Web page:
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The Viral Economy

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LawBeefaroni
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Re: The Viral Economy

Post by LawBeefaroni »

Just got word that the neighborhood dojo is shutting down. Kiddo is taking it very hard. They did online, which wasn't the same, and classes in the park but now with the weather that isn't possible anymore. They have another location in the suburbs they is still open so they may yet survive but that's it for the kiddo. So far karate and archery done.

This feels like the second wave after the early restaurant/bar closures. I think reality is setting in for a lot of businesses that were just hanging on or burning through savings.
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Re: The Viral Economy

Post by ImLawBoy »

We've been doing virtual music lessons from Music House and they seem to be doing OK. They've got a lot of artsy virtual offerings that might be worth looking into (although probably not martial artsy).
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Re: The Viral Economy

Post by LawBeefaroni »

ImLawBoy wrote: Fri Oct 23, 2020 3:18 pm We've been doing virtual music lessons from Music House and they seem to be doing OK. They've got a lot of artsy virtual offerings that might be worth looking into (although probably not martial artsy).
We're still doing virtual music from Alex's, thank goodness. They appear to be surviving. I think since music is more often based on 1-on-1 lessons they translate much better to virtual.
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Re: The Viral Economy

Post by LawBeefaroni »

Stimulus postponed again for the sake of political ambitions.


And we're just getting started:

Bankruptcy filings are surging due to the economic fallout of COVID-19, and many lenders are coming to the realization that their claims are almost completely worthless. Instead of recouping, say, 40 cents for every dollar owed, as has been the norm for years, unsecured creditors now face the unenviable prospect of walking away with just pennies, if that.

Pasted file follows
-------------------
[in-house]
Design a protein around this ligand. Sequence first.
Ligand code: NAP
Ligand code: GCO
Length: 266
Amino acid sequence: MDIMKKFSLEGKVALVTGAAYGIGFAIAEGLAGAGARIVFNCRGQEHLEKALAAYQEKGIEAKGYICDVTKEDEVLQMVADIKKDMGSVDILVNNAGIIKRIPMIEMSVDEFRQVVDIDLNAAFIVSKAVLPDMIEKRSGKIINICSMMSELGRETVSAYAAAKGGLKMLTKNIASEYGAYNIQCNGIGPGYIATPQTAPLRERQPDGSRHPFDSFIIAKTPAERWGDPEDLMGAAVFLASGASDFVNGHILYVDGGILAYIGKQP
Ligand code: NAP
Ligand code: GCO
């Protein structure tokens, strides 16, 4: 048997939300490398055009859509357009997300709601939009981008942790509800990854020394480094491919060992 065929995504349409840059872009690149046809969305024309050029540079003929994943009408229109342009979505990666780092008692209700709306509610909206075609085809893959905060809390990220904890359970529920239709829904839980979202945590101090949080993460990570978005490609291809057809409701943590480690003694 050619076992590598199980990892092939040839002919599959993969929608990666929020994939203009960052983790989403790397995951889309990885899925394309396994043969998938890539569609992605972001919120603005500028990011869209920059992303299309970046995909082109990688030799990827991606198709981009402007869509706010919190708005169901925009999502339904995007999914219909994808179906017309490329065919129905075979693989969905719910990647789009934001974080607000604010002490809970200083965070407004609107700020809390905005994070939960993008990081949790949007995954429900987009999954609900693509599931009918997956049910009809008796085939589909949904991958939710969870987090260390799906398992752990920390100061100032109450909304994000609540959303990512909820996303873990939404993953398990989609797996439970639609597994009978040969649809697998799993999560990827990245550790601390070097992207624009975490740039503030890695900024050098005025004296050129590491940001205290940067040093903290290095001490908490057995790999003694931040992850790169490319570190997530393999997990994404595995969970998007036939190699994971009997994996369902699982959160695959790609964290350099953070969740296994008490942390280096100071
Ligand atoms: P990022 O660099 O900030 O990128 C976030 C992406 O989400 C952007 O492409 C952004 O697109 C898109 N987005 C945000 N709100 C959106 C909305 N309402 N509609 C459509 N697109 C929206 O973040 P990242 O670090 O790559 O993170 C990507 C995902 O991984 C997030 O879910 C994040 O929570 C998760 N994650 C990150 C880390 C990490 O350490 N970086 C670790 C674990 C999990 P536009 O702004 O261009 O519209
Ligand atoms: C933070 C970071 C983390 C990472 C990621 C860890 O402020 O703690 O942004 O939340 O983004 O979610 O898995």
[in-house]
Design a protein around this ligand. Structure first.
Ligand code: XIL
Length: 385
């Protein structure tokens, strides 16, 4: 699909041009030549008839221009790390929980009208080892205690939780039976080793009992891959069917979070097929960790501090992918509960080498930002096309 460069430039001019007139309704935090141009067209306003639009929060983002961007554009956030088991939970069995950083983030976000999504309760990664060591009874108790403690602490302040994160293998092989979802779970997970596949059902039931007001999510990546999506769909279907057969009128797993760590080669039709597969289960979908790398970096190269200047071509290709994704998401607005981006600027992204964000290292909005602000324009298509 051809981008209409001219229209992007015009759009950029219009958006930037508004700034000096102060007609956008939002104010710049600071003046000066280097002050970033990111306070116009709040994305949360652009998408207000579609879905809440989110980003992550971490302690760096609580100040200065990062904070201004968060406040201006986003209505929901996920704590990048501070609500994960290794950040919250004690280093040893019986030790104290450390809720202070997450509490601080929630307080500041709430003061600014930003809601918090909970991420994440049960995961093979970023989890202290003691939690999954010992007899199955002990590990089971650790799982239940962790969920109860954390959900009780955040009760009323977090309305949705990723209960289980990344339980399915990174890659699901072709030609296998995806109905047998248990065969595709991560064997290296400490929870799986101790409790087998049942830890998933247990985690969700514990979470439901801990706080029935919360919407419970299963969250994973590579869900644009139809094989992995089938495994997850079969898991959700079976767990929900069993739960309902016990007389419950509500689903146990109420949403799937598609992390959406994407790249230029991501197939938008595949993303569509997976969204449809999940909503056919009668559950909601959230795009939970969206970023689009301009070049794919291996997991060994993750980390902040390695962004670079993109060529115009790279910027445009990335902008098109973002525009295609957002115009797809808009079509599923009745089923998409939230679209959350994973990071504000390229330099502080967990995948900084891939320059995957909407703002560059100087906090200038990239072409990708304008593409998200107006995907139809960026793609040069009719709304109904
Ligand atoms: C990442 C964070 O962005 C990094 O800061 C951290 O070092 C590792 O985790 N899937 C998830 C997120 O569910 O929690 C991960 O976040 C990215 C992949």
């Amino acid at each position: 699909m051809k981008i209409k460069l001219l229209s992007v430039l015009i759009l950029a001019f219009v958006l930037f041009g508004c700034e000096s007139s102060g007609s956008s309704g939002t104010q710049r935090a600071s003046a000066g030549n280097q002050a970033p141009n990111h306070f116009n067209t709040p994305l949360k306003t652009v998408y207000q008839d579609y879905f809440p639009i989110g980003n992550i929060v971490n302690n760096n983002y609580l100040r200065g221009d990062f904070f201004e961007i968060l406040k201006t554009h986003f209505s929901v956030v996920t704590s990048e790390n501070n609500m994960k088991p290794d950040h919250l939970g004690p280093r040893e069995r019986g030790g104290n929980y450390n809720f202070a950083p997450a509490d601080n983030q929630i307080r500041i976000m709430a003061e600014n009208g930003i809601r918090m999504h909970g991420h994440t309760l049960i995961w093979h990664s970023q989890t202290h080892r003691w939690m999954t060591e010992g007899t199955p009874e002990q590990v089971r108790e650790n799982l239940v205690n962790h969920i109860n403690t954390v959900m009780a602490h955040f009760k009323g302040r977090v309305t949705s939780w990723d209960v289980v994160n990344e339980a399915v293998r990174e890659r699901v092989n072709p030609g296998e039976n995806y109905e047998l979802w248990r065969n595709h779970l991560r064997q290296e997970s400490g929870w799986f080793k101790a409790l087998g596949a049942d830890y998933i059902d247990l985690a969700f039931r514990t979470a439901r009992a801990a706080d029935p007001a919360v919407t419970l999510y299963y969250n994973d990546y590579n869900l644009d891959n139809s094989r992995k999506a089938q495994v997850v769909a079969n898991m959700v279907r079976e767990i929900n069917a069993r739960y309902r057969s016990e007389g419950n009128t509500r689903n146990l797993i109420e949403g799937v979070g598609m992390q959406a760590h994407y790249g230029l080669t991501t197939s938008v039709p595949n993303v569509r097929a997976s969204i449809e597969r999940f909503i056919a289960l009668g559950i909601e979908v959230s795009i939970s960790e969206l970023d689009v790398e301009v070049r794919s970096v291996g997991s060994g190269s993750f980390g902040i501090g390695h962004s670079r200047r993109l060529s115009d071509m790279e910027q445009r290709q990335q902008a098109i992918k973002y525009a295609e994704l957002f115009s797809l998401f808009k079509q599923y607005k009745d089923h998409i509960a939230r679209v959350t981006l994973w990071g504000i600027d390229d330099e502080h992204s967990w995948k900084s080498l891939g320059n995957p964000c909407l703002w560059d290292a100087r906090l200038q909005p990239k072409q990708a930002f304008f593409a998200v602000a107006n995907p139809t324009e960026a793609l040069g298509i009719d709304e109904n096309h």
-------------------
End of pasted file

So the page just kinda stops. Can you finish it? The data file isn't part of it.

Debt issued by the owner of Men’s Wearhouse, which filed for court protection in August, traded this month for less than 2 cents on the dollar. When J.C. Penney Co. went bankrupt, an auction held for holders of default protection found the retailer’s lowest-priced debt was worth just 0.125 cents on the dollar. For Neiman Marcus Group Inc., that figure was 3 cents.

The loose lending terms that investors have agreed to mean that by the time corporations file for bankruptcy now, they’ve often exhausted their options for fixing their debt loads out of court. They’ve swapped their old notes for new ones, often borrowing against even more of their assets in the process. Some have taken brand names, trademarks and even whole businesses out of the reach of existing creditors and borrowed against those too. While creditors always do worse in economic downturns than in better times, in previous downturns, lenders had more power to press companies into bankruptcy sooner, stemming some of their losses.
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Re: The Viral Economy

Post by Dave Allen »

I predict if Trump loses the election, the stock market will tank.
Value the continuation of goods and services? Vote appropriately.
Jesus said, "Do not be afraid of those who kill the body but cannot kill the soul. Rather, be afraid of the One who can destroy both soul and body."[Matt 10:28] God can totally destroy us.

Jesus also said, "For my Father's will is that everyone who looks to the Son and believes in him shall have eternal life, and I will raise them up at the last day.”[John 6:40] Eternal life is conditional.

His disciple John wrote, "Whoever has the Son has eternal life; whoever does not have the Son of God does not have eternal life. [1 John 5:12] Eternal life is optional.
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Re: The Viral Economy

Post by pr0ner »

Dave Allen wrote: Sat Oct 31, 2020 12:07 am I predict if Trump loses the election, the stock market will tank.
Value the continuation of goods and services? Vote appropriately.
This is like reverse Drazzil.
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Re: The Viral Economy

Post by Kraken »

Investors are already pricing in a Biden victory. The economy can't recover until the pandemic is brought to heel, and trump is not even trying to do that.
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Re: The Viral Economy

Post by RunningMn9 »

Dave Allen wrote:I predict if Trump loses the election, the stock market will tank.
Value the continuation of goods and services? Vote appropriately.
Right. Goods and services aren’t going to continue.
And in banks across the world
Christians, Moslems, Hindus, Jews
And every other race, creed, colour, tint or hue
Get down on their knees and pray
The raccoon and the groundhog neatly
Make up bags of change
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Well he's slowly drifting out of range
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Re: The Viral Economy

Post by Dave Allen »

RunningMn9 wrote: Sat Oct 31, 2020 12:15 am
Dave Allen wrote:I predict if Trump loses the election, the stock market will tank.
Value the continuation of goods and services? Vote appropriately.
Right. Goods and services aren’t going to continue.
I want to be clear. I voted for Biden, but it will have its consequences.